Compatibility of temporal spectra with Kolmogorov (1941) and with random sweeping.

I previously wrote about temporal frequency spectra, in the context of the Taylor hypothesis and a uniform convection velocity of U_c, in my post of 25 February 2021. At the time, I said that I would return to the more difficult question of what happens when there is no uniform convection velcocity present. I also said that this would not necessarily be next week, so at least I was right about that.

As in the earlier post, we consider a turbulent velocity field u(x,t) which is stationary and homogeneous with rms value U. This time we just consider the dimensions of the temporal frequency spectrum E(\omega). We use the angular frequency \omega = 2\pi n, where n is the frequency in Hertz, in order to be consistent with the usual definition of wavenumber k. Integrating the spectrum, we have the condition:

(1)   \begin{equation*}\int_0^\infty E(\omega) d\omega = U^2,\end{equation*}

which gives us the dimensions:

(2)   \begin{equation*}\mbox{Dimensions of}\; E(\omega)d\omega = L^2 T^{-2};\end{equation*}

or velocity squared.

For many years, the literature relating to the wavenumber-frequency correlation C(k,\omega) has been dominated by the question: is decorrelation due to random sweeping effects, which would mean that the characteristic time is the sweeping timescale (Uk)^{-1}; or is it characterised by the Kolmogorov timescale (\varepsilon^{1/3}k^{2/3})^{-1}? A recent article [1] makes a typical point about the consequences for the frequency spectrum of the dominance of the sweeping effect: ‘… the frequency energy spectrum of Eulerian velocities exhibits a \omega^{-5/3} decay, instead of the \omega^{-2} expected from K41 scaling’. Which is counter-intuitive at first sight! As we saw in my blog of 26/02/21, for the case of uniform convection \omega^{-5/3} is associated with K41.

Let us begin by clearing up the latter point. The authors of [1] cite the book by Monin and Yaglom, but I was unable to find it. (I mean the reference, not the book which is quite conspicuous on my bookshelves. I think that anyone giving a reference to a book, should cite the page number. Sometimes I do that and sometimes I forget!) In any case, it is easy enough to work out. From equation (2) we have the dimensions of E(\omega) as L^{2}T^{-1}. From the K41 approach we can write for the inertial range:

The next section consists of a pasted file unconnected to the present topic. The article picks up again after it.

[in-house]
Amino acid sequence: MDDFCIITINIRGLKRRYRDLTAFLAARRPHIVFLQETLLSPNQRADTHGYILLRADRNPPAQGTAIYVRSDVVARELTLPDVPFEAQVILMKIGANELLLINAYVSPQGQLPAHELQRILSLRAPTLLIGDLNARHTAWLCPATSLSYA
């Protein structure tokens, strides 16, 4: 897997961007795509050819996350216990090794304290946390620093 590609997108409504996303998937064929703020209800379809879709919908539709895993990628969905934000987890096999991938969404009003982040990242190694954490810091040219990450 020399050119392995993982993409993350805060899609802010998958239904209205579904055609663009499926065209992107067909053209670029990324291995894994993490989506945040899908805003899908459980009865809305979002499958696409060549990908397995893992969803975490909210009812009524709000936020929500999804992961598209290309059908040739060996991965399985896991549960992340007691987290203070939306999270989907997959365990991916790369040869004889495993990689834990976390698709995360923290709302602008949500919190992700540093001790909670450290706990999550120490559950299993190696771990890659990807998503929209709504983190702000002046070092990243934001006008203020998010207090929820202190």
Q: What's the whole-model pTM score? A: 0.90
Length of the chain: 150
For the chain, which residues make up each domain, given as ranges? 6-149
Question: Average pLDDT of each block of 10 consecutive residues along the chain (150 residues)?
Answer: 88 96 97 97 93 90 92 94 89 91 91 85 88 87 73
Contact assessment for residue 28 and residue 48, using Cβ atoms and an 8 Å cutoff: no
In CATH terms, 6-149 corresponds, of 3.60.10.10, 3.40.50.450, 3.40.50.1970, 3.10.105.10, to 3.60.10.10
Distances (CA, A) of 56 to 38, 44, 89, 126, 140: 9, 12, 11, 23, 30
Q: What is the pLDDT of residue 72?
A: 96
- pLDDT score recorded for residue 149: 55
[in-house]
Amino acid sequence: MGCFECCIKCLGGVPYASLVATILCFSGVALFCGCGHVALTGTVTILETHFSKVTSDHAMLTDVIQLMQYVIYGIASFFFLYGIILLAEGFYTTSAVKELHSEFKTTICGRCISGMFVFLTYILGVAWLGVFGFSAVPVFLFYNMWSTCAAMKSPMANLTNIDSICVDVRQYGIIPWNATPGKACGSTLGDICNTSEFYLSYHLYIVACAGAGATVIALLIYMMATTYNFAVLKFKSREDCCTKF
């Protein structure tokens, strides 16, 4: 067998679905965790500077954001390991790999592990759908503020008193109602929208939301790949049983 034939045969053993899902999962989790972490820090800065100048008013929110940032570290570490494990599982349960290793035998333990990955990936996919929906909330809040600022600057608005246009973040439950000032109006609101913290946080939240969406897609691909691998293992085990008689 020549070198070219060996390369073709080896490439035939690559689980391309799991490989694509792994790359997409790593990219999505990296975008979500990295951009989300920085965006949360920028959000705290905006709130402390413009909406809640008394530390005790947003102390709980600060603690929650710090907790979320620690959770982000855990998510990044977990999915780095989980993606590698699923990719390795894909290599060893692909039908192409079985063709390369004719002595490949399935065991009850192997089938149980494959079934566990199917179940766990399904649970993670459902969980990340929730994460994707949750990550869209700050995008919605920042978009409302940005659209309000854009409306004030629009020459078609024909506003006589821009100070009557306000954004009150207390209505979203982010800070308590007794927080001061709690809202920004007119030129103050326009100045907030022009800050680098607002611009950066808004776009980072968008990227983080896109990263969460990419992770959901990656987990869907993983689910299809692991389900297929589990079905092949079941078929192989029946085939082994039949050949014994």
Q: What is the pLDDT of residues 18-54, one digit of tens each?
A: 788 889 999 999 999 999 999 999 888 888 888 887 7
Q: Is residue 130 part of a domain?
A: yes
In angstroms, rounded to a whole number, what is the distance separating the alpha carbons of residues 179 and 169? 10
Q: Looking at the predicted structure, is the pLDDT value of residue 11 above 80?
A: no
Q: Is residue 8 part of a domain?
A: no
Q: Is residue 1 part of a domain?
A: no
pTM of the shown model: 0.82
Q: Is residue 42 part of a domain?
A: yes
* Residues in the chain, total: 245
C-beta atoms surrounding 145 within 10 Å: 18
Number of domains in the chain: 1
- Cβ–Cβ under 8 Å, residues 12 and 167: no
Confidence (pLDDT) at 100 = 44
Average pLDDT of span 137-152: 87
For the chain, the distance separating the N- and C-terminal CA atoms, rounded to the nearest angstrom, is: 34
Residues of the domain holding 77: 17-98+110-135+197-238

(3)   \begin{equation*}E(\omega) \sim \varepsilon^{n}\omega^{m} \sim \varepsilon \omega^{-2},\end{equation*}

where we fixed the dependence on the index n first.

The interest in random convective sweeping mainly stems from Kraichnan’s analysis of his direct-interaction approximation (DIA), dating back to 1959. A general discussion of this will be found in the book [2], but we can take a shortcut by noting that Kraichnan obtained an approximate solution for the reponse function G(k,\tau) of his theory (see page 219 of [2]) as:

(4)   \begin{equation*}G(k,\tau)=\frac{exp(-\nu k^2\tau)J_1(2Uk\tau)}{Uk\tau},\end{equation*}

where \tau = t-t', \nu is the kinematic viscosity, and J_1 is a Bessel function of the first kind. The interesting thing about this is that the K41 characteristic time for the inertial range does not appear. Also, in the inertial range, the exponential factor can be put to one, and the decay is determined by the sweeping time (Uk)^{-1}.

Corresponding to this solution for the inertial range, the energy spectrum takes the form:

(5)   \begin{equation*} E(k) \sim (\varepsilon U)^{1/2}k^{-3/2},\end{equation*}

as given by equation (6.50) in [2]. As is well known, this -3/2 law is sufficiently different from the observed form, which is generally compatible with the K41 -5/3 wavenumber spectrum, to be regarded as incorrect. We can obtain the frequency spectrum corresponding to the random sweeping hypothesis by simply replacing the convective velocity U_c, as used in Taylor’s hypothesis, by the rms velocity U. From equation (8) of the earlier blog, we have;

(6)   \begin{equation*}E(\omega) \sim (\varepsilon U_c)^{2/3}\omega^{-5/3} \rightarrow (\varepsilon U)^{2/3}\omega^{-5/3} , \quad \mbox{when} \quad U_c \rightarrow U. \end{equation*}

This result is rather paradoxical to say the least. In order to get a -5/3 dependence on frequency, we have to have a -3/2 dependence on wavenumber! It is many years since I looked into this and in view of the continuing interest in the subject, I have begun to rexamine it. For the moment, I would make just one observation.

Invoking Taylor’s expression for the dissipation rate, which is: \varepsilon = C_\varepsilon U^3/L, where L is the integral lengthscale (not to be confused with the symbol for the length dimension) and C_\varepsilon asymptotes to a constant value for Taylor-Reynolds numbers R_\lambda \sim 100 [3], we may examine the relationship between the random sweeping and K41 timescales. Substituting for the rms velocity, have:

(7)   \begin{equation*}\tau_{sweep} =(Uk)^{-1}\sim (\varepsilon^{1/3}L^{1/3}k)^{-1}.\end{equation*}

Then, putting k\sim 1/L \equiv k_L, we obtain:

(8)   \begin{equation*}\tau_{sweep}\sim (\varepsilon^{1/3}k_L^{2/3})^{-1} = \tau_{K41}(k_L).\end{equation*}

So the random sweeping timescale becomes equal to the K41 timescale for wavenumbers in the energy-containing range. Just to make things more puzzling!

[1] A. Gorbunova, G. Balarac, L. Canet, G. Eyink, and V. Rossetto. Spatiotemporal correlations in three-dimensional homogeneous and isotropic turbulence. Phys. Fluids, 33:045114, 2021.
[2] W. D. McComb. The Physics of Fluid Turbulence. Oxford University Press, 1990.
[3] W. D. McComb, A. Berera, S. R. Yoffe, and M. F. Linkmann. Energy transfer and dissipation in forced isotropic turbulence. Phys. Rev. E, 91:043013, 2015.

Leave a Reply

Your email address will not be published.

This site uses Akismet to reduce spam. Learn how your comment data is processed.